From the Shadows

I still remember the first horror book I ever read. Scary Stories to Read in the Dark sat on the bookshelf in the back of my third grade classroom. I read over and over about just-missed encounters with hook-handed psychopaths and puzzle nights that foretold the murdering maniac crawling through the apartment window.

My horror education remained pretty basic till my teen years. It felt like something forbidden. Stephen King and friends seemed like corruptors of souls, as if being caught with a hardcover of The Stand might condemn your eternal soul. I read a lot of classic horror and science fiction, which I could argue as classic instead of genre. Stevenson, Dickinson, Wells, Verne, Poe, and a variety of classic terrifying dishes were read greedily, as if any moment, I would be found out.

What is the quickest route to the shadows? Tell someone there is nothing there in the dark worth their time. Their curiosity will be peaked, and they will go in search for what lays waiting just outside the narrow vision of the flashlight beam.

The truth, I found, is that horror has much to offer. Fiction has been described as a protagonist overcoming obstacles. Horror simply strips away the pretense. Horror does not tell the protagonist that he might come across some speed bumps. Horror says, “Bring your climbing gear and a clean set of underwear, because you’ll be crossing an H.P. Lovecraft-esque mountain.”

Fear is our most basic emotion. It dissolves the emotional defense façade and shows the truth of a person. Give me five characters and a haunted house. I will reveal the con-artist, the lover, the materialist, the brave, and the sinister. I am not a nihilist. I believe in good, but I also believe that a lot of what is perceived as good is simple lip service. Lots of people are friendly, good people when there is no risk to it. But are you Job? Do you keep the faith even when you’ve lost everything?

You don’t have to be a lover of the genre to see this. Look at any news cast of a horrible event and you will find heroes and cowards, not the image the person tries to portray, but the person truly there beneath when they can’t censor themselves.

Horrible things happen, and a person’s response exposes harsh light upon their flaws and strengths. But horror is more than just a lens through which to view characters. Fear can be healthy. Paranoia can be a good survival skill. Maybe your neighbor isn’t a homicidal sociopath who keeps body parts in the refrigerator. But he might be. Dahmer’s neighbors thought he was a nice enough guy. Being aware that such a thing might happen is not a bad thing. You can be friendly to people and still be cautious of the terrible capabilities of the human animal.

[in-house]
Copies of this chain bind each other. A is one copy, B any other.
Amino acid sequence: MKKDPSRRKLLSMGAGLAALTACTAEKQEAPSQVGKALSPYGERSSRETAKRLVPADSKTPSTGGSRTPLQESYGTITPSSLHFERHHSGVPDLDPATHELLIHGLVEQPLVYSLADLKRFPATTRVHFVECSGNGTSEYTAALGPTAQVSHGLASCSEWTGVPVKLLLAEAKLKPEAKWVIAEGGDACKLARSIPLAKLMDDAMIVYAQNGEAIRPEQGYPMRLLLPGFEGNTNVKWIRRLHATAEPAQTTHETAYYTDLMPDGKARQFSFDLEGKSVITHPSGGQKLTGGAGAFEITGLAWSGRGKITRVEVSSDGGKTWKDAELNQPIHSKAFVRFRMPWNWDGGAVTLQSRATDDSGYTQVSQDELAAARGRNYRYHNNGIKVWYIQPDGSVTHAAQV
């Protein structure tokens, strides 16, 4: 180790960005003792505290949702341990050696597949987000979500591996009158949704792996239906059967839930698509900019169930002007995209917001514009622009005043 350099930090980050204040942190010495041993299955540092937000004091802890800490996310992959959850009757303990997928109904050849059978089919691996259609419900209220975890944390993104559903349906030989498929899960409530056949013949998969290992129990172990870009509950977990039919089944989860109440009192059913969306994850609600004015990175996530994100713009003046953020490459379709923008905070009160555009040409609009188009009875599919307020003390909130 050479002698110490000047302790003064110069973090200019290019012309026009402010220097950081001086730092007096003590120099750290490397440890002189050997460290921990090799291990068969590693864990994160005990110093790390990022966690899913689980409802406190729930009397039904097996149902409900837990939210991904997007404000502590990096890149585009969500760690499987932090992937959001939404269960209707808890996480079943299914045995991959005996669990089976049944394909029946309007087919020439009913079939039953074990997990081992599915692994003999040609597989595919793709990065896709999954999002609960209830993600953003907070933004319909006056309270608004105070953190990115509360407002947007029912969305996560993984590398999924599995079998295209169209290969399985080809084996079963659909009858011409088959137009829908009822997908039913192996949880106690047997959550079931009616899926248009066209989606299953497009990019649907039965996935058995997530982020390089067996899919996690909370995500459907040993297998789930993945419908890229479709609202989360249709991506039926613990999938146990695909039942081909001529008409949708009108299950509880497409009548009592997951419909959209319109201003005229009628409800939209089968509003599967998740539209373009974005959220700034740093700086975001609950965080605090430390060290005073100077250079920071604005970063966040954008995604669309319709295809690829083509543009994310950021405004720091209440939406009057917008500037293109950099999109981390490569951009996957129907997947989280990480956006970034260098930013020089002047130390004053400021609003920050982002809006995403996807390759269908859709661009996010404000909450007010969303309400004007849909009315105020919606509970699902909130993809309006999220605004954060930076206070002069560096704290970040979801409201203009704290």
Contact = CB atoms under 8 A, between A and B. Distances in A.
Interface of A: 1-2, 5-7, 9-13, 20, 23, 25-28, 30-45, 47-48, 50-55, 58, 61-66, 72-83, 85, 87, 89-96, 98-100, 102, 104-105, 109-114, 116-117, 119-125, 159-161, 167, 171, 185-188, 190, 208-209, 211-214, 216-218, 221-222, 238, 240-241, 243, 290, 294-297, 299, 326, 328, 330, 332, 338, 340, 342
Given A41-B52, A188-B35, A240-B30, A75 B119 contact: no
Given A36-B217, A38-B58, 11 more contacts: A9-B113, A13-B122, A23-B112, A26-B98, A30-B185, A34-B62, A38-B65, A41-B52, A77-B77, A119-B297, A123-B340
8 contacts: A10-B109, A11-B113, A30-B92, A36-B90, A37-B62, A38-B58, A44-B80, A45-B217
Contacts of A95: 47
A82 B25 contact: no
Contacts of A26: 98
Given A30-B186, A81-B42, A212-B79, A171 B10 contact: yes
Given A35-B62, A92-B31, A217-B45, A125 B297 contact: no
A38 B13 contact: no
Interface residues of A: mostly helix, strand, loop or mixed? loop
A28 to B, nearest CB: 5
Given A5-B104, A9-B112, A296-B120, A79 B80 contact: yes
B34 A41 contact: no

Horror exposes a person’s true nature, and it develops a healthy sense of paranoia of terrible possibility. Yet, even though these things are reasons I believe that horror is a legitimate genre of literature, the reason I write dark fiction is much more basic.

I am reminded of Stephen King’s answer to critiques who asked him why he wrote horror. “What makes you think I have a choice?” I didn’t set out to write dark fiction. I didn’t intend for everything I wrote to end in death or tragedy. It just does.

Jack Campbell, Jr. is a dark fiction writer in Lawrence, KS. His writing has appeared in various venues including Twenty 3 Magazine, Danse Macabre, and Insomnia Press. He writes about reading, writing, and life on his blog at


  • Meghan Barnes says:

    Good post. Love that King quote. I work with a guy who writes psychological thrillers and insists that his story ideas are about real people he’s encountered in the world of clinical counseling. I’m not surprised, of course. We all write from personal experience. It’s scary, but it makes for good writing.

    • The things from our life are always the scariest because they can create a sort of visceral reaction. Ghosts aren’t scary because they are ghosts, they are scary because we are uncomfortable with what life holds after death. Vampires and zombies play into our fear of disease. When it comes down to it, the scariest things in our lives are just twisted versions of the things we hold dearest.

      I love that King quote, too. Although I don’t think he gives himself enough credit. The guy has written things other than horror that turned out very well. In fact, some of his best work doesn’t even fall within the genre, at least not solidly.

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